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N601RE accident description

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Crash location 42.911111°N, 82.528889°W
Nearest city Lake Huron, MI
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Tail number N601RE
Accident date 26 Jun 2005
Aircraft type Piper PA-31-310
Additional details: None
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NTSB Factual Report

On June 26, 2005, at 1330 eastern daylight time, a Piper PA-31-310, N601RE, operated by Evans Air Corporation, impacted water during a forced landing on Lake Huron, near Port Huron, Michigan. The airplane experienced a loss of engine power during visual approach to St. Clair County International Airport (PHN), Port Huron, Michigan. Visual meteorological conditions prevailed at the time of the accident. The 14 CFR Part 91 flight was not operating on a flight plan. The commercial pilot received minor injuries and the five passengers reported no injuries. The personal flight originated from Killarnery Municipal Airport (CPT2), Ontario, Canada, en route to PHN.

The pilot's last check ride was conducted under 14 CFR 135 on January 25, 2005 in using the accident airplane. He reported a total flight time of 6,900 hours of which 3,000 hours were in the accident airplane make and model.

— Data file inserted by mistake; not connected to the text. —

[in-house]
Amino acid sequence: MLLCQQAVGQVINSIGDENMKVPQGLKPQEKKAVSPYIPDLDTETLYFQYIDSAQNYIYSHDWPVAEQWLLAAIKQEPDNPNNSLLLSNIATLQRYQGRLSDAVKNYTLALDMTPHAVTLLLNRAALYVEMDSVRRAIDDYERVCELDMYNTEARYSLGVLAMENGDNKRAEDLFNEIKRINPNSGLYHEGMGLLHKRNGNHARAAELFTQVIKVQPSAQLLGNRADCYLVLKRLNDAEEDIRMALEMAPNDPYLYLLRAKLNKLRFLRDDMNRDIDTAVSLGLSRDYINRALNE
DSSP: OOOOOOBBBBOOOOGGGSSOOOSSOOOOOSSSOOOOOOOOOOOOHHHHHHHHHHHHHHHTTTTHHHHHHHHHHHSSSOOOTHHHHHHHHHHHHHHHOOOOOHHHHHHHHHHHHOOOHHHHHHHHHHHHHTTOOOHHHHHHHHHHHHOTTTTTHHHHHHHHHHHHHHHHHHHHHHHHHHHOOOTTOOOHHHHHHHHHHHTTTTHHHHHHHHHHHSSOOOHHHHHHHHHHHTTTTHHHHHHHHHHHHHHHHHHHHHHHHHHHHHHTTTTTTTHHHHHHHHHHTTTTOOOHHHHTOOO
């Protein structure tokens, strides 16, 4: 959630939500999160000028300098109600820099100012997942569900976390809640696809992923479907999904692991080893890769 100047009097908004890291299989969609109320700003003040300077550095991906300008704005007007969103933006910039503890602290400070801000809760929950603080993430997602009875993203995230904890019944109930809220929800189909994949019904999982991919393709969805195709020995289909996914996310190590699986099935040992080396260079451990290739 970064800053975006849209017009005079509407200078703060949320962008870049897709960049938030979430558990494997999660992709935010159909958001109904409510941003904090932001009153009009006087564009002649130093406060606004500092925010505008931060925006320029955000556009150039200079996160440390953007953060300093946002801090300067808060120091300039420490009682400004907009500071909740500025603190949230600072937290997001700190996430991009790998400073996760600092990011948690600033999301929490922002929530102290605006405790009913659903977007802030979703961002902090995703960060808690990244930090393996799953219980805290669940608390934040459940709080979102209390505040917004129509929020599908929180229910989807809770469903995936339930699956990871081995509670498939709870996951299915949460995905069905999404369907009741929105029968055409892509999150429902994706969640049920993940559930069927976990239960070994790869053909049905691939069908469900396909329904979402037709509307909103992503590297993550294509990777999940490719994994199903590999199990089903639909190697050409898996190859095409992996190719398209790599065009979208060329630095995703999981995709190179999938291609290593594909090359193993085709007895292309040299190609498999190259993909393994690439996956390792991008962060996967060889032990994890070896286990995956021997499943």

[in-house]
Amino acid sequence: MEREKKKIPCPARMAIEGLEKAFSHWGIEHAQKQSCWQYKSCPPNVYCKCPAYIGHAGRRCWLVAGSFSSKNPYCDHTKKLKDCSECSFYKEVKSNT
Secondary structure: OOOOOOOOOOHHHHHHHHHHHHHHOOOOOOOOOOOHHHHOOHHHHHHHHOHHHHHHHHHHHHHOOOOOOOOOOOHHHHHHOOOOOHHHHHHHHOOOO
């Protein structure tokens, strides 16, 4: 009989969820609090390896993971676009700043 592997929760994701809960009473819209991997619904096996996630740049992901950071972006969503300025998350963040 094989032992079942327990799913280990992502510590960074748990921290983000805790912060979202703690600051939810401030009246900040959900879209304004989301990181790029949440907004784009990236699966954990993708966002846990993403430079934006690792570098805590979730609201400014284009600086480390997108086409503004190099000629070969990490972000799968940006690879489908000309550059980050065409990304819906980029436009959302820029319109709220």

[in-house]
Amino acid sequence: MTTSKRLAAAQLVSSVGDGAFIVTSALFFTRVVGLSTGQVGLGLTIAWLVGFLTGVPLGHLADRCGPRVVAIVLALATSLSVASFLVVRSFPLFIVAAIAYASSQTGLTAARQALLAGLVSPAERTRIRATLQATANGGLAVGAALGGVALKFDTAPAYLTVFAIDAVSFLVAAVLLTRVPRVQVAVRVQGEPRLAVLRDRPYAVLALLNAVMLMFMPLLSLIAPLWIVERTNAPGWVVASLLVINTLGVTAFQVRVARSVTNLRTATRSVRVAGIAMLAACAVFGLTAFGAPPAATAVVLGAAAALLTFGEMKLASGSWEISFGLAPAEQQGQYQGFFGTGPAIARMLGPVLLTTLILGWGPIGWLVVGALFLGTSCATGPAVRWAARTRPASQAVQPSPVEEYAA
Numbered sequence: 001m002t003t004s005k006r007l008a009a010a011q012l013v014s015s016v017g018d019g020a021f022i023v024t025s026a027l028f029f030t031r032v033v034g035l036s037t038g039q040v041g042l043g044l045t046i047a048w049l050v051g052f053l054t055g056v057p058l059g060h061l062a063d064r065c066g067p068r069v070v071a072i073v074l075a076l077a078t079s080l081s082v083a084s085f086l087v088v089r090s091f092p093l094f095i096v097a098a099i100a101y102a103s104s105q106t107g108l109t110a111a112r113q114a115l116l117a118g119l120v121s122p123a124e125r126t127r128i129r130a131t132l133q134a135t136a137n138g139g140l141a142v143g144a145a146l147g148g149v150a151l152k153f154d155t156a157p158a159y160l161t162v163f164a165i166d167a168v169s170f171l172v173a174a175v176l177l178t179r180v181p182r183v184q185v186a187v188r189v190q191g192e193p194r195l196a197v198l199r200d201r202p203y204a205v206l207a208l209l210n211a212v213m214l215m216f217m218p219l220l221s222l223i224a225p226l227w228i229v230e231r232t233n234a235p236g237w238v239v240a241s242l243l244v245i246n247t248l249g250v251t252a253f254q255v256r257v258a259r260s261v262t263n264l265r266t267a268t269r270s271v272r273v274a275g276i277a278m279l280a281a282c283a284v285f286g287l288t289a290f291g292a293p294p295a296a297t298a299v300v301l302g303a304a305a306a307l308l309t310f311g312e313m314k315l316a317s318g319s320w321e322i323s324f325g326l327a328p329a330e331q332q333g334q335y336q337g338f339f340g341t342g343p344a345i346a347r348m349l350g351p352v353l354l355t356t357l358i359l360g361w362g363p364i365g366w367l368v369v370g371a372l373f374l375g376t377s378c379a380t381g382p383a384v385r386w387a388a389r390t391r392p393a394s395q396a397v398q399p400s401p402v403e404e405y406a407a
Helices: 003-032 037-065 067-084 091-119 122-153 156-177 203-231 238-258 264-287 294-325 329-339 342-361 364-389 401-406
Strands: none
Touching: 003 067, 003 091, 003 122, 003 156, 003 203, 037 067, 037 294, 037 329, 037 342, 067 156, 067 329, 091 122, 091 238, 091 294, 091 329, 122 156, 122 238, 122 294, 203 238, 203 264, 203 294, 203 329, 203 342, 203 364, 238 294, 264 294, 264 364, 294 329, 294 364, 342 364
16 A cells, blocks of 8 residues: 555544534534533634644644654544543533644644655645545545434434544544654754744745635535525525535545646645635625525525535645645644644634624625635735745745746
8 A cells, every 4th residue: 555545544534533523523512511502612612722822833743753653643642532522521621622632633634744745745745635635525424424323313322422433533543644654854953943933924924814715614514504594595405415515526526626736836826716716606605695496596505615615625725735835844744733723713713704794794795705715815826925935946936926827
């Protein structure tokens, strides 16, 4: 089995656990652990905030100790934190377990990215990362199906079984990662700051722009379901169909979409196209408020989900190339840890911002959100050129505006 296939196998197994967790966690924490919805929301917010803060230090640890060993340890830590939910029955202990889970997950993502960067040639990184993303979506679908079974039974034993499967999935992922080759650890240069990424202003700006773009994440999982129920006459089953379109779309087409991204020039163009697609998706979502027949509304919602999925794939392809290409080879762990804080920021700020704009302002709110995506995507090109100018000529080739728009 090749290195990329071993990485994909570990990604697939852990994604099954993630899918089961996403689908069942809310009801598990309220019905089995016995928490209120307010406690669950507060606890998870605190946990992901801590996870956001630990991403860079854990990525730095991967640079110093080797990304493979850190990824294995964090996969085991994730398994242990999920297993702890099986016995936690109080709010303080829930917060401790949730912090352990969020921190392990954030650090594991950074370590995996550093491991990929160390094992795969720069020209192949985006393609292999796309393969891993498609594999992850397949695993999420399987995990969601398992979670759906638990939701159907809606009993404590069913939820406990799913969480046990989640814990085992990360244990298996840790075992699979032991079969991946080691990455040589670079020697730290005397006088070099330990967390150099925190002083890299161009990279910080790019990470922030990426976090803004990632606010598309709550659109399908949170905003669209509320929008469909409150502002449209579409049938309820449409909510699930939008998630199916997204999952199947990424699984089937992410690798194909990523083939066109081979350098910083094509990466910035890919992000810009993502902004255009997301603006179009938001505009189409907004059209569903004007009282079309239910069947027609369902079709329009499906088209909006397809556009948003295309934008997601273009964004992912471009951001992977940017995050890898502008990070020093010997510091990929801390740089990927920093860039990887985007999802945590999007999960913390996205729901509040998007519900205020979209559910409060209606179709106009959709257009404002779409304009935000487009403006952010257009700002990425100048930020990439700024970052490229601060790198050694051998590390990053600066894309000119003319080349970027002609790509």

The pilot stated about 1:10 hours after departure from CPT2, the left wing appeared to be out of fuel and the right main was just under a half tank. He turned on the fuel crossfeed and right boost bump. About 4 minutes later he shut down and feathered the left engine. The right tank was indicating 1/4 full. About 3 minutes later, the right engine fuel pressure dropped. The pilot stated that he then switched tanks and the right engine fuel pressure increased twice. He then landed the airplane following a loss of engine power on both engines on Lake Huron about 100 feet from shore and 14 miles from PHN.

Inspection of the airplane by the Federal Aviation Administration revealed the left fuel tank was empty, about one gallon of fuel was drained from the right wing outboard fuel drain and about one gallon of fuel was drained from the right wing inboard fuel drain. The fuel selectors were in their respective inboard fuel tank positions and the crossfeed selector was in the off position. Both auxiliary engine fuel pump switches were in the on position, both engine magnetos for both engine were in the on position, and the master switch was in the on position. The mixture controls were the full forward position, the propeller controls were in the feather position, and the throttles were in the full forward position.

NTSB Probable Cause

The fuel exhaustion during cruise flight, the inadequate in-flight planning/decision by the pilot, and the unsuitable terrain encountered by the pilot during the forced landing.

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